“I don’t think he realizes the damage he’s doing at this point,” one ally said of Sanders. “I understand running the campaign until the end, fine. But at least take the steps to begin bringing everyone together.”
While fueling up at the gas station this morning, I recognized the gentlemen behind me as Ed Morris, the former chair of the Mordecai Historic Park board on which I served for four years. Ed was happy to see me and we caught up for a bit as we haven’t seen each other in far too long.
I was touched when Ed told me I was missed over at Mordecai. Serving on Mordecai’s board was not only a committee assignment for me while I was on the Parks board but it was also a personal treat. I am proud that I participated in the project to create an Interpretive Center at Mordecai and worked with the community to build consensus for the plan. It was a fun group to serve with, and then in a flash it was over.
I’ve turned my attention to other endeavors but I will always be proud of Raleigh’s parks. I hope to continue getting Dix Park designed, which would pretty-much top it all.
Bernie Sanders is hanging on, still pushing his vision of a Nordic-like socialist utopia for America, and his supporters love him for it. Hillary Clinton, meanwhile, is chalking up victories by sounding more sensible. “We are not Denmark,” she said in the first Democratic debate, pointing instead to America’s strengths as a land of freedom for entrepreneurs and businesses. Commentators repeat endlessly the mantra that Sanders’s Nordic-style policies might sound nice, but they’d never work in the U.S. The upshot is that Sanders, and his supporters, are being treated a bit like children—good-hearted, but hopelessly naive. That’s probably how Nordic people seem to many Americans, too.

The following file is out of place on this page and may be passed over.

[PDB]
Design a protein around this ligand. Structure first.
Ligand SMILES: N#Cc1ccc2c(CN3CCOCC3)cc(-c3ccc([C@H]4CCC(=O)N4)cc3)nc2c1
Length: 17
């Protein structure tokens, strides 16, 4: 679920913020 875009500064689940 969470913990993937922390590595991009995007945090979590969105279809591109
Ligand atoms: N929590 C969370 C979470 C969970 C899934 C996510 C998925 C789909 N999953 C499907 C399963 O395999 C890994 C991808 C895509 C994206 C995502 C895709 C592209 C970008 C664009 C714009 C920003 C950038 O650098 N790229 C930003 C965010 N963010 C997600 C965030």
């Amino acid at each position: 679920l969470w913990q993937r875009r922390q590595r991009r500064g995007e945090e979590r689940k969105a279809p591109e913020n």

Hillary Rodham Clinton had some big wins during yesterday’s Super Tuesday primary elections, including North Carolina. Last night, a female Clinton supporter had this today about her on a Facebook thread of a mutual friend:
[A friend] asked me today if I thought HRC could take on Putin. I told him “Oh yeah, she’s one tough bitch. No problem!”
This is precisely my problem with Hillary Clinton, that this would even be a consideration. Clinton’s desire to be “caught trying” often means she skips right over the “speak softly” part to the “carry a big stick” part. The last thing our country needs is a leader far too eager to look tough.
I wore the uniform in the early 1990s and served during Desert Storm. Since then I have cast a jaundiced eye towards unnecessary military adventures with dubious goals and shadowy benefactors. I’ve also become a parent of two kids. Maybe that makes me little more sensitive than others to the possibility of dropping bombs on somebody else’s kids, usually for the benefit of the arms industry, the oil industry, or some other big-bucks special interest group that sees nothing but dollars in destroying foreign people and places.